In the decades since, however, with the elevation of the “free market” to near-divine status and the nation’s success in spreading 24-hour-a-day consumerism to ever-further reaches of the population, our collective experience with and openness to personal and societal sacrifice have been greatly tempered. The ultimate and most tragic expression of this transformation came in the days immediately following the September 11 attacks when President George W. Bush infamously called upon his fellow citizens to respond, not with shared sacrifice in the form of higher taxes, or even a few moments of introspection, but by redoubling their commitment to shop.
Simply put, one of the reasons many of us applaud with such fervor for the military men and women (and, on occasion, first responders) in 2017 is to mask our own lack of sacrifice and self-deprivation. We have outsourced these duties to others and when we are confronted with that reality—especially in public—we make up for our feelings of guilt by cheering loudly and pressuring others to do likewise.
When the cheering is over, we quickly return to our lives as modern hyper-consumers who crave and demand ever-bigger homes, fancier gadgets, cheaper prices, better services and lower taxes.
Real world consequences
What’s especially damaging and tragic about this transformation is not the celebration and praise heaped upon the military, of course. Rather, the problem is the destructive societal disconnect and lack of capacity it highlights.
By consistently outsourcing/purchasing sacrifice, we have made ourselves into a nation in which pulling together to lift up the common good is a foreign and terrifying concept. The examples abound.
Consider this week’s horrific tragedy in Las Vegas and the countless other mass shootings that have plagued the nation. It’s because of the utter unwillingness of a small but intensely motivated group of gun owners to make even the slightest sacrifice for the common good that such events continue to occur. If guns in this nation were simply treated like automobiles – ubiquitous but highly dangerous machines that require thorough regulation—it’s a sure thing that thousands of Americans would be (and would have been) spared early deaths.
Or consider the subject of climate change and environmental degradation generally. It’s quite possibly within our capacity to build a sustainable economy that would not threaten the survival of the human species, but it would require some degree of change and sacrifice. For too many Americans, however, even the idea of a smaller car or house (or perhaps a different diet or even a slightly less active air conditioner in summer) is an utter anathema.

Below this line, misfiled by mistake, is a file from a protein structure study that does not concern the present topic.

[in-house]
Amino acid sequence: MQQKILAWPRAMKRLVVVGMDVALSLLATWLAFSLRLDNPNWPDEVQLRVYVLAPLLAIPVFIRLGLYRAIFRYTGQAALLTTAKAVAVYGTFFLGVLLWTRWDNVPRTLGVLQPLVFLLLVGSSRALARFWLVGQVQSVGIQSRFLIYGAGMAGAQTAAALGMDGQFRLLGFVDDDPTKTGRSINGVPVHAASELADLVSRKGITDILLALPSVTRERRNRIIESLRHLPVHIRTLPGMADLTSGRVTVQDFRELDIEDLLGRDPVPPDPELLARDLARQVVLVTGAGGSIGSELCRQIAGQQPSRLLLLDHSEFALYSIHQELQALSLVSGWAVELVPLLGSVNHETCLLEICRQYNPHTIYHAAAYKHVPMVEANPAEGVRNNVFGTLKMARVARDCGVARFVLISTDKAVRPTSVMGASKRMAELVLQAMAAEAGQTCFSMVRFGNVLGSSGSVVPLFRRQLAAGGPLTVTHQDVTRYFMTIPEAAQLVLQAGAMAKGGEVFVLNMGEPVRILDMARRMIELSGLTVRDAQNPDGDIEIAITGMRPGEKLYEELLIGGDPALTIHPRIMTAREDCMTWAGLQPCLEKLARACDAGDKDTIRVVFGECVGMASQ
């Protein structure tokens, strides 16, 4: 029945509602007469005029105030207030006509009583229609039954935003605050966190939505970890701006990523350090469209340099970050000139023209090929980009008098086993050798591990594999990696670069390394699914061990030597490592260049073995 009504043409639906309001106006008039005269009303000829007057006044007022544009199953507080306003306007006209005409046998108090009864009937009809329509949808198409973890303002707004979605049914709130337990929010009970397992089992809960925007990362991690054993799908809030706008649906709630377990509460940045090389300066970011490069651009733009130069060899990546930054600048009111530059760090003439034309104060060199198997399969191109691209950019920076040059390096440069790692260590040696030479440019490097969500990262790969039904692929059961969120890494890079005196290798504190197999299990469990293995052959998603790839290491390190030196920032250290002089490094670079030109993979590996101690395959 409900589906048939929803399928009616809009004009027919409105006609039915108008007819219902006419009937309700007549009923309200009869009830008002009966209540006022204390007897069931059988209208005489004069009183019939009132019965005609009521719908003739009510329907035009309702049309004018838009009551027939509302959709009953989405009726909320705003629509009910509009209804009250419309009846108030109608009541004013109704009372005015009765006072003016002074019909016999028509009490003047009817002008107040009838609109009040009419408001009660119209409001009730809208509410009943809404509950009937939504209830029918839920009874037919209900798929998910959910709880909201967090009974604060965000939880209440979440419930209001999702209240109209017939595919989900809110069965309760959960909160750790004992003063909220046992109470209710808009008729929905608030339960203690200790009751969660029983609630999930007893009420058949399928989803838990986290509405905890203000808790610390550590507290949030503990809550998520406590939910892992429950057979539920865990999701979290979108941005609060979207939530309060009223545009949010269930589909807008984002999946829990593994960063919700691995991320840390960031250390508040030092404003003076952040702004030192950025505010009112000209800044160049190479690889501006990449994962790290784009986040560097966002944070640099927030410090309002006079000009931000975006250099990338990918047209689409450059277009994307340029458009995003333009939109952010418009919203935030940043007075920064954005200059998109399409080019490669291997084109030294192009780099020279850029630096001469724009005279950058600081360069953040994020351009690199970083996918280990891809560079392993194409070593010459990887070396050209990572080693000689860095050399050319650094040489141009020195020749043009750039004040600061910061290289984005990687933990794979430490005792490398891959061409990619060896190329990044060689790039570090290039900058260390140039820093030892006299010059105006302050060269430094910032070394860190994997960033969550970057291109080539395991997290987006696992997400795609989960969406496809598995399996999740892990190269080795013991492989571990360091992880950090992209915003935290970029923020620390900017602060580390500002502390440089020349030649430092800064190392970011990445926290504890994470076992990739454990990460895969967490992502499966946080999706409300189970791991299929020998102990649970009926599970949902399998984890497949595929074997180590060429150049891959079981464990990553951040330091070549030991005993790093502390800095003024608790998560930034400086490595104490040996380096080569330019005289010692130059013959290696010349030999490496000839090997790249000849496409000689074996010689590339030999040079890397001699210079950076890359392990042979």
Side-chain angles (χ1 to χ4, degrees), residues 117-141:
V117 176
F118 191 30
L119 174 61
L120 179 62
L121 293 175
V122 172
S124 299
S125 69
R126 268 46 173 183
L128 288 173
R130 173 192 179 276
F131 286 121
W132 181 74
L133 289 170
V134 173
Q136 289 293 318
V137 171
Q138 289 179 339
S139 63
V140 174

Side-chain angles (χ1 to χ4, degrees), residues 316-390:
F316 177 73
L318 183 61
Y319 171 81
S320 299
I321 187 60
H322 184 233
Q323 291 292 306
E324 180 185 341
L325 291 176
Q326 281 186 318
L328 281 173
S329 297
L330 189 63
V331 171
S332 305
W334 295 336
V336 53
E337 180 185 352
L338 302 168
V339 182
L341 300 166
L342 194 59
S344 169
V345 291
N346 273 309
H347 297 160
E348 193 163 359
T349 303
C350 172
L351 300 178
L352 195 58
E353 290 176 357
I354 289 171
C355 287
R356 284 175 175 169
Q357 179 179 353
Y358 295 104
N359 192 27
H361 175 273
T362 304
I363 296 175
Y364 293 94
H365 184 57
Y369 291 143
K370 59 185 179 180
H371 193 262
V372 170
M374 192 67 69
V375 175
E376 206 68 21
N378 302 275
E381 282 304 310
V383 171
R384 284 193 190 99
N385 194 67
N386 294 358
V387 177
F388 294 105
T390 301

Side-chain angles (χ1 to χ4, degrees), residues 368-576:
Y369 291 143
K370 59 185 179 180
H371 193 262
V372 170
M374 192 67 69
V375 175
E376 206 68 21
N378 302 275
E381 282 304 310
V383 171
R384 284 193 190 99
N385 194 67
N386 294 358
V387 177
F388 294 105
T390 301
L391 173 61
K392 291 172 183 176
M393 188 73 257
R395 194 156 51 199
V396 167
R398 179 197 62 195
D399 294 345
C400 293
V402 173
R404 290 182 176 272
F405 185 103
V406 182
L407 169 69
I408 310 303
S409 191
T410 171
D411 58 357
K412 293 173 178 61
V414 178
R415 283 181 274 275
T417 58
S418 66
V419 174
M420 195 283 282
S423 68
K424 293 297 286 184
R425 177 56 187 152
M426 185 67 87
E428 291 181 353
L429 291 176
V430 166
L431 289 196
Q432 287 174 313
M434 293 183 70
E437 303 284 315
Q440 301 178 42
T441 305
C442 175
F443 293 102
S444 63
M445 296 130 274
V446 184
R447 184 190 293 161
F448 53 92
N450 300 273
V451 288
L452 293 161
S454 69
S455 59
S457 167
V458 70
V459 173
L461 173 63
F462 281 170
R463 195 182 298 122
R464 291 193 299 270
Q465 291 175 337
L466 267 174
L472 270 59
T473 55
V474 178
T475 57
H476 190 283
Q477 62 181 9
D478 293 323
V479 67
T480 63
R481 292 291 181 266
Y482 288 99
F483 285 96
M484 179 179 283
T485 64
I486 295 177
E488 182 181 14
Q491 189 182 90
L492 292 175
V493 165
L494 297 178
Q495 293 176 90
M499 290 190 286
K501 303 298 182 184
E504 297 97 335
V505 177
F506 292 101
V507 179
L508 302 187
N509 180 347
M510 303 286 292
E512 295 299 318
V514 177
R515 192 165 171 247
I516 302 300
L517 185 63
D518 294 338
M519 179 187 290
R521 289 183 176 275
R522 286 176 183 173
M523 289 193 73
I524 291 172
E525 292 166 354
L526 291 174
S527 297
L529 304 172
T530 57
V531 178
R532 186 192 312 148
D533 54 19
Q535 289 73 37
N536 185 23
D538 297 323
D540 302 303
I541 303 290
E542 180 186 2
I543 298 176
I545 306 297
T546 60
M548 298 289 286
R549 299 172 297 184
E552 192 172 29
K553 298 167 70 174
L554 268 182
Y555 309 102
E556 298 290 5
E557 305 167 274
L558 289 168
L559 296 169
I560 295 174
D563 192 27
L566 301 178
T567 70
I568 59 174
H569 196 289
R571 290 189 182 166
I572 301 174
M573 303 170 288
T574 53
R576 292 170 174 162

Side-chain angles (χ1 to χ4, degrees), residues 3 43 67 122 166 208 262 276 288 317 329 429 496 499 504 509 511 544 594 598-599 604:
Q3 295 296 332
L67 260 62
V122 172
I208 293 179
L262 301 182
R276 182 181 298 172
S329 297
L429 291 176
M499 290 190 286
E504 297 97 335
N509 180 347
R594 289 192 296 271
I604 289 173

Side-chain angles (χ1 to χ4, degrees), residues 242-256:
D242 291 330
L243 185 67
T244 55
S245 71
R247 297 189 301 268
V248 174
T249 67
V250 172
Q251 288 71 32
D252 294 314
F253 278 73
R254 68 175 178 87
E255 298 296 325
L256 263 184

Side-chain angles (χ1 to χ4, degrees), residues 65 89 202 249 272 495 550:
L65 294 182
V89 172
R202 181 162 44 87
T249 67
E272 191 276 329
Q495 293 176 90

The list goes on and on. From our miserly refusal to pay the taxes that could fund a decent social safety net, modern infrastructure and top flight public schools for all to our unwillingness to welcome immigrants who might force us to open ourselves to different peoples and cultures, we Americans have become a fearful and suspicious lot that, far too often, obsesses about grabbing and holding onto what we can, rather than thinking about the common good.
Ironically, such attitudes even carry through to our treatment of members of the military and first responders—fellow citizens upon whom we love to shower applause even as we deny many of them decent pay and healthcare.
The bottom line
Not all military celebrations stem from the guilt of those applauding. It’s true that many celebrants served themselves or have family members who have served. Many others who haven’t served are, nonetheless, heartfelt in their expressions of appreciation. What’s more, sacrifice remains a big part of the lives of many low-income people and a huge percentage of new immigrants.
All that said, there can be no doubt that those celebrations—and, more importantly, the nation and its government—would look, sound and feel very different if sacrifice and self-denial were somehow celebrated and made a part of day-to-day American life in the same way that conspicuous consumption is.
Sadly, in the era of Trump, such a change seems likely to remain elusive for some time to come.
Rob Schofield, Director of Research at NC Policy Watch, has three decades of experience as a lawyer, lobbyist, writer, commentator and trainer.